Real exchange rate and manufacturing growth in Latin America

The manufacturing sectors in Latin America have been more affected by the currency over/undervaluation than their counterpart in industrialized economies. From a panel data set covering 39 countries and 22 manufacturing sectors (2-digit) within 1995–2008, Paulo Henrique Vaz & Werner Baer formally test the hypothesis that there exists a Latin American effect and then investigate the possible reasons for this distinguished pattern. The use of a disaggregated data is an important feature of our empirical strategy: the undervaluation index (main covariate) is less likely to be determined by the growth rate of a specific manufacturing sector, partially addressing the specification problem that plagues standard cross-country regressions. We then explore the within sector–country variation to study the relationship between currency over/undervaluation and manufacturing sectors growth. We find that the import content of exports might be an important driver of this result at a sectoral level. At a macro-level, the openness and the income per capita of a country are important factors.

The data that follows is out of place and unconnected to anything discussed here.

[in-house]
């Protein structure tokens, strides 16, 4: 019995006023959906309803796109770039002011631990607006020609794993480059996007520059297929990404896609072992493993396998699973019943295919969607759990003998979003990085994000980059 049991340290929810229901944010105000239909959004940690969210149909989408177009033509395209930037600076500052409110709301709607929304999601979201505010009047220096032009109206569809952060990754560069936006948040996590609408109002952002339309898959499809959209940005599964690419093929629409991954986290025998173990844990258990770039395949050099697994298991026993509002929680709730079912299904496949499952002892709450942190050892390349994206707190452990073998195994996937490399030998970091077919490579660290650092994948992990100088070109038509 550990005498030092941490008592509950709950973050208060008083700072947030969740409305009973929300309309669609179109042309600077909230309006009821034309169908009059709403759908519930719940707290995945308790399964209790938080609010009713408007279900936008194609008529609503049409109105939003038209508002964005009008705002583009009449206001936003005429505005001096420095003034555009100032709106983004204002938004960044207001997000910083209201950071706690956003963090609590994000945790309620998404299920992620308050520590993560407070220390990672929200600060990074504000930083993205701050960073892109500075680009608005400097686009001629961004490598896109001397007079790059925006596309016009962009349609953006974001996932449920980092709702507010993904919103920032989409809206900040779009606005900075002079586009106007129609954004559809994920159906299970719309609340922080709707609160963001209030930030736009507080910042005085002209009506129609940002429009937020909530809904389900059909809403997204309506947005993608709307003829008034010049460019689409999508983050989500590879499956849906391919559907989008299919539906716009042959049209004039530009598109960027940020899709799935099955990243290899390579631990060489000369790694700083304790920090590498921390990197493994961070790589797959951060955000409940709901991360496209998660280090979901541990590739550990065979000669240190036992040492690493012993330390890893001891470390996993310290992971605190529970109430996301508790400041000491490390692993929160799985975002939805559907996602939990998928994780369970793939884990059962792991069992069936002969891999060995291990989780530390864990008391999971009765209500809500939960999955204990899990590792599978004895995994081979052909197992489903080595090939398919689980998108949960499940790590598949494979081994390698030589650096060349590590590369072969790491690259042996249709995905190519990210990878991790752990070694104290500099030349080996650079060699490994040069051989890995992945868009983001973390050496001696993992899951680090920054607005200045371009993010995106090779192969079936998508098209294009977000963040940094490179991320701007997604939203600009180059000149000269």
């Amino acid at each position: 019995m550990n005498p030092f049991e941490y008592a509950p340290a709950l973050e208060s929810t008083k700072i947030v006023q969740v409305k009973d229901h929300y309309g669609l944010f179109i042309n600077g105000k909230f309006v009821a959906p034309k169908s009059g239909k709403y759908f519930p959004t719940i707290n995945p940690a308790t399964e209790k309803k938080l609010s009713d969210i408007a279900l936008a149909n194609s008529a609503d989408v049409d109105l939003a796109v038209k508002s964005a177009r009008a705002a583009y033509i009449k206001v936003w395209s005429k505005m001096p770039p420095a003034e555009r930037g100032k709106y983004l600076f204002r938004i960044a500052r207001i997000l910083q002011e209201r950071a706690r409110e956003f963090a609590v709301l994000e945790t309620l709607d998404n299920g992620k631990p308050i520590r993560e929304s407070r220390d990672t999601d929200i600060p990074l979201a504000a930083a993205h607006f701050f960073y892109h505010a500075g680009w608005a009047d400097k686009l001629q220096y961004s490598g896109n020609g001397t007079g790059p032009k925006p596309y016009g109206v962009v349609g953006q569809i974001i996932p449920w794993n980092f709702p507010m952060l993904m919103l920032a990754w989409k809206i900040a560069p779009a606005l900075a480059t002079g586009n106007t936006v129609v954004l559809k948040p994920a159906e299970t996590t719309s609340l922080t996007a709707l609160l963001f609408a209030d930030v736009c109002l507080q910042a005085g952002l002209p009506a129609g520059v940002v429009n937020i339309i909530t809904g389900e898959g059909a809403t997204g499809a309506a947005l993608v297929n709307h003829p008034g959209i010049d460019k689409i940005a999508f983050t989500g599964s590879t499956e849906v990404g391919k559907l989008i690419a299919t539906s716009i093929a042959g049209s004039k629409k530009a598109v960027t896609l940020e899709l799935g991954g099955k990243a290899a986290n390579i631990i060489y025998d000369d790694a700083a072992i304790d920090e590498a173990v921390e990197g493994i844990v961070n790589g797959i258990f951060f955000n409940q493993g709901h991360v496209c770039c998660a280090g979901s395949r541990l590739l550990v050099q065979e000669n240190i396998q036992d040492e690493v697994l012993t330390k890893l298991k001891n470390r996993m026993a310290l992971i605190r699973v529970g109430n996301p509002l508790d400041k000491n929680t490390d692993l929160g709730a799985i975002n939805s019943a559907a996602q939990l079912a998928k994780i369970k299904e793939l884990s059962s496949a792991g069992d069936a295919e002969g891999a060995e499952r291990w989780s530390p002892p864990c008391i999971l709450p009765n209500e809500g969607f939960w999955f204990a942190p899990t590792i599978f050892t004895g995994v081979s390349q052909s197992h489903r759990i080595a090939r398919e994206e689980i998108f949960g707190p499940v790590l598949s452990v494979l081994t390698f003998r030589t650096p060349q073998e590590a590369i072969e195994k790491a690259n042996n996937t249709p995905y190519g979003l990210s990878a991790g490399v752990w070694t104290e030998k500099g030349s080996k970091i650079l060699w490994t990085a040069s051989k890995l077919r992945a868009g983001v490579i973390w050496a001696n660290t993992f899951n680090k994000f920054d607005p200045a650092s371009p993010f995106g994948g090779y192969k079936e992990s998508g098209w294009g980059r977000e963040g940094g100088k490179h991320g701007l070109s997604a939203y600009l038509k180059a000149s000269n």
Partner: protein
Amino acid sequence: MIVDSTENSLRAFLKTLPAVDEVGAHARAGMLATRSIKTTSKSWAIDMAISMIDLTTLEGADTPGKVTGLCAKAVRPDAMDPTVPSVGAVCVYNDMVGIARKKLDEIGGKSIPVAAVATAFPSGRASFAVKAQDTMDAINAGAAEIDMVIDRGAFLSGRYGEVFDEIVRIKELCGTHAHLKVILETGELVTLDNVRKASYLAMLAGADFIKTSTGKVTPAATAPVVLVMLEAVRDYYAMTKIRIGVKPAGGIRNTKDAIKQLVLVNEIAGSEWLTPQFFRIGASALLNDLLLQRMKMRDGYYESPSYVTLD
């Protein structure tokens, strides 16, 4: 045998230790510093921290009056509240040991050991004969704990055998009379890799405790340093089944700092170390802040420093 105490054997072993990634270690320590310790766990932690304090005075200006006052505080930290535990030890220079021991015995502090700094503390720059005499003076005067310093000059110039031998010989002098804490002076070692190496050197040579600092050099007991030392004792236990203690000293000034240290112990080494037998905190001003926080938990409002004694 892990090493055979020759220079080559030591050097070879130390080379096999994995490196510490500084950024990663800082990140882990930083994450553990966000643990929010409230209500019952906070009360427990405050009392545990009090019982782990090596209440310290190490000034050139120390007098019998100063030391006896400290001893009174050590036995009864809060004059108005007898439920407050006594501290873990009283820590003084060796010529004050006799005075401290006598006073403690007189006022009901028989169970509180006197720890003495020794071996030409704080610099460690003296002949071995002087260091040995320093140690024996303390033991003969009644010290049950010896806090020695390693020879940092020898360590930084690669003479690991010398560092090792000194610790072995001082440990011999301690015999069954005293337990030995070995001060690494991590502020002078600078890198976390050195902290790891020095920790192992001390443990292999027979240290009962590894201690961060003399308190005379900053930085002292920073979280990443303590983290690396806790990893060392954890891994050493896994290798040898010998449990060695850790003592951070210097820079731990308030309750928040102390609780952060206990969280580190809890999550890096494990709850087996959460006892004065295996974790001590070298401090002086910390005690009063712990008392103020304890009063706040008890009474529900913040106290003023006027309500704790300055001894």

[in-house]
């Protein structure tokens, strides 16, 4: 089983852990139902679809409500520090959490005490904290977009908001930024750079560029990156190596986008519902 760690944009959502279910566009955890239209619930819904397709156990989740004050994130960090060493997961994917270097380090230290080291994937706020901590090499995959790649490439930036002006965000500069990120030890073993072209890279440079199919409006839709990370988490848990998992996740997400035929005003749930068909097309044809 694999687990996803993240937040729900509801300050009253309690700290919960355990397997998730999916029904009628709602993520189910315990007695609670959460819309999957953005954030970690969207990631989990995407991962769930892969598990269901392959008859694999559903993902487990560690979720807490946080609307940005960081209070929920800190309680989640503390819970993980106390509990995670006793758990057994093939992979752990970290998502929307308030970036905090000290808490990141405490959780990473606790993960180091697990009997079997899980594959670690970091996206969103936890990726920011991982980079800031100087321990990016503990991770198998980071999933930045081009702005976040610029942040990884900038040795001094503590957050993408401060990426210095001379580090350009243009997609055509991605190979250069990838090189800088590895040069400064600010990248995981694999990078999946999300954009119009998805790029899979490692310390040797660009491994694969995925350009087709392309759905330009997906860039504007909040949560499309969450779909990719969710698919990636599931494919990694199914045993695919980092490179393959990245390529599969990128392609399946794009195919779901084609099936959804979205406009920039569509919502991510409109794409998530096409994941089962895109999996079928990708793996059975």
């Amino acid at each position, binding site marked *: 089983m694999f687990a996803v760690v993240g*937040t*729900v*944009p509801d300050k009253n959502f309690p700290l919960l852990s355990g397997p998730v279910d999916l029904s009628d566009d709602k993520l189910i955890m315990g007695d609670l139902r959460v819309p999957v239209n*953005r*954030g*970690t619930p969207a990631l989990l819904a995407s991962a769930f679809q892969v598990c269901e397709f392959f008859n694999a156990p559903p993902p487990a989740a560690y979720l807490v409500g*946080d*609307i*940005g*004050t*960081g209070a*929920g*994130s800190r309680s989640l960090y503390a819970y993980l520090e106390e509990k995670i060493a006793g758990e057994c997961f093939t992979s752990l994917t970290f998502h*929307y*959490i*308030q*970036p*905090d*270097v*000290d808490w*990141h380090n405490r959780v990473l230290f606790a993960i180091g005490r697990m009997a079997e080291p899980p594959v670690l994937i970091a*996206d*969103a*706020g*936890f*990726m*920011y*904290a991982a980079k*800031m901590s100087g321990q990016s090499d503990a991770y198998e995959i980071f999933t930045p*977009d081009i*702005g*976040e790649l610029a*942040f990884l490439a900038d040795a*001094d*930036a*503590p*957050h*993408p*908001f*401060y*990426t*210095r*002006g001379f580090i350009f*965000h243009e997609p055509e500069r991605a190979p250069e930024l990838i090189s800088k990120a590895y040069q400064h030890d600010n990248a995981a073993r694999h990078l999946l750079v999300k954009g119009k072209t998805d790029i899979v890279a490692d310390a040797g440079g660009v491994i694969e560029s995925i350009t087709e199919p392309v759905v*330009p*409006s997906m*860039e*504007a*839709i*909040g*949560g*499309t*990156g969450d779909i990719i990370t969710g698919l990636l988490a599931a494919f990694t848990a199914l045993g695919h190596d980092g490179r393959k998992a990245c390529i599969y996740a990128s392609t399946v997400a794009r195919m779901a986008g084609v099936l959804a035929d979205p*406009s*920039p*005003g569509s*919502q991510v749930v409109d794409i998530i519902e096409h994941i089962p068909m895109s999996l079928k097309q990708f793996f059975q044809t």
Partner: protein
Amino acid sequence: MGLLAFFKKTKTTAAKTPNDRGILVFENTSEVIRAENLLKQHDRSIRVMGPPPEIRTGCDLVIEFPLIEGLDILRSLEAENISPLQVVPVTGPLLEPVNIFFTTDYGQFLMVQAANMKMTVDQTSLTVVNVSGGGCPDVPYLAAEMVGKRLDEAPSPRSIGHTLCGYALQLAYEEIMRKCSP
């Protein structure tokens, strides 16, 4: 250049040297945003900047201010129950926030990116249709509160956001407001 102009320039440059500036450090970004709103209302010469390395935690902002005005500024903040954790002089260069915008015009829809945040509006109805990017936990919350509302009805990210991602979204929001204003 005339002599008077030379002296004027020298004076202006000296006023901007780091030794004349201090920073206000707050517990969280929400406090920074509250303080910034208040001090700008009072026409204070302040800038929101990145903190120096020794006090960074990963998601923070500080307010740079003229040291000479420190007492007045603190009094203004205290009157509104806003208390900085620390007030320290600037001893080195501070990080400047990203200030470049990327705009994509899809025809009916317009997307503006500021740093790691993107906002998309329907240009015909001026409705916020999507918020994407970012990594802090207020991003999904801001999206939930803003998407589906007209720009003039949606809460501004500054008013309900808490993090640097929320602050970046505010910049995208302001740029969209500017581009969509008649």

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Latin American Economic Review aims to be the leading general interest journal on topics relevant to Latin America. The journal welcomes high-quality theoretical and quantitative papers on economic, social and political-economy issues with a regional focus. Articles presenting new data bases or describing structural reforms within a rigorous theoretical framework will also be considered. A few (illustrative) examples of topics that may be of special interest to this journal include: inflation, informal sector, corruption, crime, drug policy, unions, social exclusion, price controls, energy and environmental policy, natural resources, and technology transfer.

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